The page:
MOHAI and the Center for Wooden Boats at South Lake UnionPhoto Credit: Edan Patterson

4.     The Museum of History and Industry, or MOHAI, is just across the street from the 40’s bus stop at Westlake Ave N and Mercer Street. MOHAI features local artifacts ranging from Boeing’s first commercial plane to Rainier Brewing Company’s neon “R” sign. MOHAI is open daily 10:00am – 5:00pm with free admission on the first Thursday of the month (usually $20 for adults). Alternatively, the next-door Center for Wooden Boats at South Lake Union is always free! Walk the docks, explore the boats, and browse the exhibits free of charge – all with panoramic views of the beautiful Lake Union. After you’ve seen the Pocock Shells, climbed aboard the Dora and Wally, and wandered the Boathouse for a bit, get back on the bus at Westlake and Mercer and ride 8 stops (11 minutes) to the next location.

The Fremont RocketPhoto Credit: Edan Patterson

5.     At 36th Street and Dayton Ave, explore some of Fremont’s local landmarks! One of Seattle’s most eclectic neighborhoods, Fremont is home to the iconic “Center of the Universe” sign at the intersection of Fremont Place, Fremont Ave, and 35th Street, and the “Fremont Troll” under the Aurora Bridge off 36th. Fremont is also home to several other lesser-known landmarks, such as “Waiting for the Interurban” (an aluminum sculpture on 34th Street depicting six people and a dog waiting for the streetcar) and “The Fremont Rocket” (a sculpture off 35th Street made of military surplus depicting a fictional rocket). After snapping a few artsy photos for the social media platform of your choice, get back on the bus at 36th and Dayton and ride 9 stops (13 minutes) to the Nordic Museum.

Inside the Nordic MuseumPhoto Credit: Edan Patterson

The Nordic Museum is located two and a half blocks west of the 40’s stop at NW Market Street and Ballard Ave. Open 10:00am – 5:00pm Tuesday through Sunday (except Thursdays, when they are open until 8:00pm), the museum features a collection of 77,000 artifacts tracing 12,000 years of Nordic History. These artifacts include art, tools, jewelry, coins, weapons, boats, and much, much more. Be sure to stop in between now and April 14th to see the ‘The Vikings Begin’ exhibit on loan from Uppsala University, Sweden, featuring a collection of 1,300-year-old items from the pre-Viking Age. This is the first time that these artifacts have ever crossed the Atlantic – see them now before they return!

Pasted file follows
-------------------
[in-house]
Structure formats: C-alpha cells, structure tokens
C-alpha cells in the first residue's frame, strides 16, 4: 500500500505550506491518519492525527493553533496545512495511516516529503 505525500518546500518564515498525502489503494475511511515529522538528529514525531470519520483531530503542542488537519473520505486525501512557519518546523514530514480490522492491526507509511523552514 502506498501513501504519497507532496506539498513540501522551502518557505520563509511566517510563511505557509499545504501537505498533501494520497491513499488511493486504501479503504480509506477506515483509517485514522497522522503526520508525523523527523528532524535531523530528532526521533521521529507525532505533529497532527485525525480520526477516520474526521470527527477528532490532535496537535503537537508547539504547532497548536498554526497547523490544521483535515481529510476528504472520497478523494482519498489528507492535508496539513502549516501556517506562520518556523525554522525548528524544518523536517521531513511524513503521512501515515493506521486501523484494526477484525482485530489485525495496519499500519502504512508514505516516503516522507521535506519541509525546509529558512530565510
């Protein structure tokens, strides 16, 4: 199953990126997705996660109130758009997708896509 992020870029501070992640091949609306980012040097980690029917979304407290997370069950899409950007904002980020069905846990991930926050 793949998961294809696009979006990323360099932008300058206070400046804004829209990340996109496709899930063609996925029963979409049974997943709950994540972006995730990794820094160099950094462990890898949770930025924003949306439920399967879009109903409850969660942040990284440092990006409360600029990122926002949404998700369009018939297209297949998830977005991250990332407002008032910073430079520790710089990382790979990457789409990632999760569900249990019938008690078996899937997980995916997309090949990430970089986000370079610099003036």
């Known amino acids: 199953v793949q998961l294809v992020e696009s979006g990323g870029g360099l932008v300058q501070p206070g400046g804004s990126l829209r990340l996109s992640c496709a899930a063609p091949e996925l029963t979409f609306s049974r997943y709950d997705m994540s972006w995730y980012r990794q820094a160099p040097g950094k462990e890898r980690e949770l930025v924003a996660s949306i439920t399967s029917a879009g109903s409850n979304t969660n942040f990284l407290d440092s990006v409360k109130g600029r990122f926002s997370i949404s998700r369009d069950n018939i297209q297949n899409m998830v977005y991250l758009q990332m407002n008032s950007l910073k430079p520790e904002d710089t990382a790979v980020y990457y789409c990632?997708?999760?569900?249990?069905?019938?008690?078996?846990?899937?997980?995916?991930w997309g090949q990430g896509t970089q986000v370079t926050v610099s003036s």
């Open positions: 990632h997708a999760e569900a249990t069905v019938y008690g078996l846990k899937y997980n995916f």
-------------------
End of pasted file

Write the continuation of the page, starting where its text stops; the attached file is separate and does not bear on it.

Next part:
And, just like that, voila! You are now an expert on Nordic History *and* King County’s public transportation system. You can continue taking the 40 all the way up to Northgate Mall, or take it south past Rachel’s Ginger Beer to King Street Station and Seattle’s Chinatown-International District. Or choose your own adventure on a different line – with over 200 King County Metro bus routes serving the Puget Sound area, Seattle’s public transportation makes navigating the Emerald City simple and cost-effective.

About the Author

Edan Patterson

Edan is the Marketing Intern at Visit Seattle. Born in Wyoming and raised in eastern Washington, he now lives in Seattle’s University District while pursuing a degree in marketing at the University of Washington. He loves Seattle for its delicious food, vibrant culture, and abundance of dogs.

More Posts By Edan Patterson


One Comment

  1. Thank You so much for info. We Love Seattle & are going again in April, will love to sample the food & see the sites!